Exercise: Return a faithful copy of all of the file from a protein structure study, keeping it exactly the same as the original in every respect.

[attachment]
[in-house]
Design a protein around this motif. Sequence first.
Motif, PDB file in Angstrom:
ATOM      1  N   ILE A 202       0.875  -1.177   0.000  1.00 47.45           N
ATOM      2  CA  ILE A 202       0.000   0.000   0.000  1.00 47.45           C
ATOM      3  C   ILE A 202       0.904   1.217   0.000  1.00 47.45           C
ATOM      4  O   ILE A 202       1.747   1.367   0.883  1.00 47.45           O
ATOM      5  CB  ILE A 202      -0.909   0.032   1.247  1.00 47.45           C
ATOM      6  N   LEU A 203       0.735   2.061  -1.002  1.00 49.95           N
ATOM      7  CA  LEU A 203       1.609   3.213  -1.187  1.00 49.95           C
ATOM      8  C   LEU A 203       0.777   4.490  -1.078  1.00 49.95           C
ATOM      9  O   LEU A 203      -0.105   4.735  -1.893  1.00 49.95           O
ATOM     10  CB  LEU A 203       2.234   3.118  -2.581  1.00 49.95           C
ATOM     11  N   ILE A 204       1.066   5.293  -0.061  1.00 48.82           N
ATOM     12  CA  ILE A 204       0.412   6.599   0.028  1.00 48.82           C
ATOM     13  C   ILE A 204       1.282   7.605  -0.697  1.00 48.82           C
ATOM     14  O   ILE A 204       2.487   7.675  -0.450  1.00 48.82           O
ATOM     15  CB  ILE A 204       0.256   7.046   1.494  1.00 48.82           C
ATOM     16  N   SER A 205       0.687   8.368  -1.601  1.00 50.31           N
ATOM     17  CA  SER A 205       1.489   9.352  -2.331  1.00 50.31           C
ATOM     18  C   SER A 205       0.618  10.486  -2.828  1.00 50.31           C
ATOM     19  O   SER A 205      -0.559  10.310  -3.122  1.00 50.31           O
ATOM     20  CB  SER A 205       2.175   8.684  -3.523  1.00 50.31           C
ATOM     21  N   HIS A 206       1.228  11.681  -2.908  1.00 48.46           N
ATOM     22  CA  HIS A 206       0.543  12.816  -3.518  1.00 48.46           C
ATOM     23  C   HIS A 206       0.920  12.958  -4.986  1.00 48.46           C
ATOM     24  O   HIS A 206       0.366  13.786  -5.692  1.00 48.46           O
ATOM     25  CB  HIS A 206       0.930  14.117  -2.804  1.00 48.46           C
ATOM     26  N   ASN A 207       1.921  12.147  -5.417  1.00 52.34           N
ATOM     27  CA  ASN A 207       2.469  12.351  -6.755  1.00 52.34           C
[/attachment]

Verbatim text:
[in-house]
Design a protein around this motif. Sequence first.
Motif, PDB file in Angstrom:
ATOM      1  N   ILE A 202       0.875  -1.177   0.000  1.00 47.45           N
ATOM      2  CA  ILE A 202       0.000   0.000   0.000  1.00 47.45           C
ATOM      3  C   ILE A 202       0.904   1.217   0.000  1.00 47.45           C
ATOM      4  O   ILE A 202       1.747   1.367   0.883  1.00 47.45           O
ATOM      5  CB  ILE A 202      -0.909   0.032   1.247  1.00 47.45           C
ATOM      6  N   LEU A 203       0.735   2.061  -1.002  1.00 49.95           N
ATOM      7  CA  LEU A 203       1.609   3.213  -1.187  1.00 49.95           C
ATOM      8  C   LEU A 203       0.777   4.490  -1.078  1.00 49.95           C
ATOM      9  O   LEU A 203      -0.105   4.735  -1.893  1.00 49.95           O
ATOM     10  CB  LEU A 203       2.234   3.118  -2.581  1.00 49.95           C
ATOM     11  N   ILE A 204       1.066   5.293  -0.061  1.00 48.82           N
ATOM     12  CA  ILE A 204       0.412   6.599   0.028  1.00 48.82           C
ATOM     13  C   ILE A 204       1.282   7.605  -0.697  1.00 48.82           C
ATOM     14  O   ILE A 204       2.487   7.675  -0.450  1.00 48.82           O
ATOM     15  CB  ILE A 204       0.256   7.046   1.494  1.00 48.82           C
ATOM     16  N   SER A 205       0.687   8.368  -1.601  1.00 50.31           N
ATOM     17  CA  SER A 205       1.489   9.352  -2.331  1.00 50.31           C
ATOM     18  C   SER A 205       0.618  10.486  -2.828  1.00 50.31           C
ATOM     19  O   SER A 205      -0.559  10.310  -3.122  1.00 50.31           O
ATOM     20  CB  SER A 205       2.175   8.684  -3.523  1.00 50.31           C
ATOM     21  N   HIS A 206       1.228  11.681  -2.908  1.00 48.46           N
ATOM     22  CA  HIS A 206       0.543  12.816  -3.518  1.00 48.46           C
ATOM     23  C   HIS A 206       0.920  12.958  -4.986  1.00 48.46           C
ATOM     24  O   HIS A 206       0.366  13.786  -5.692  1.00 48.46           O
ATOM     25  CB  HIS A 206       0.930  14.117  -2.804  1.00 48.46           C
ATOM     26  N   ASN A 207       1.921  12.147  -5.417  1.00 52.34           N
ATOM     27  CA  ASN A 207       2.469  12.351  -6.755  1.00 52.34           C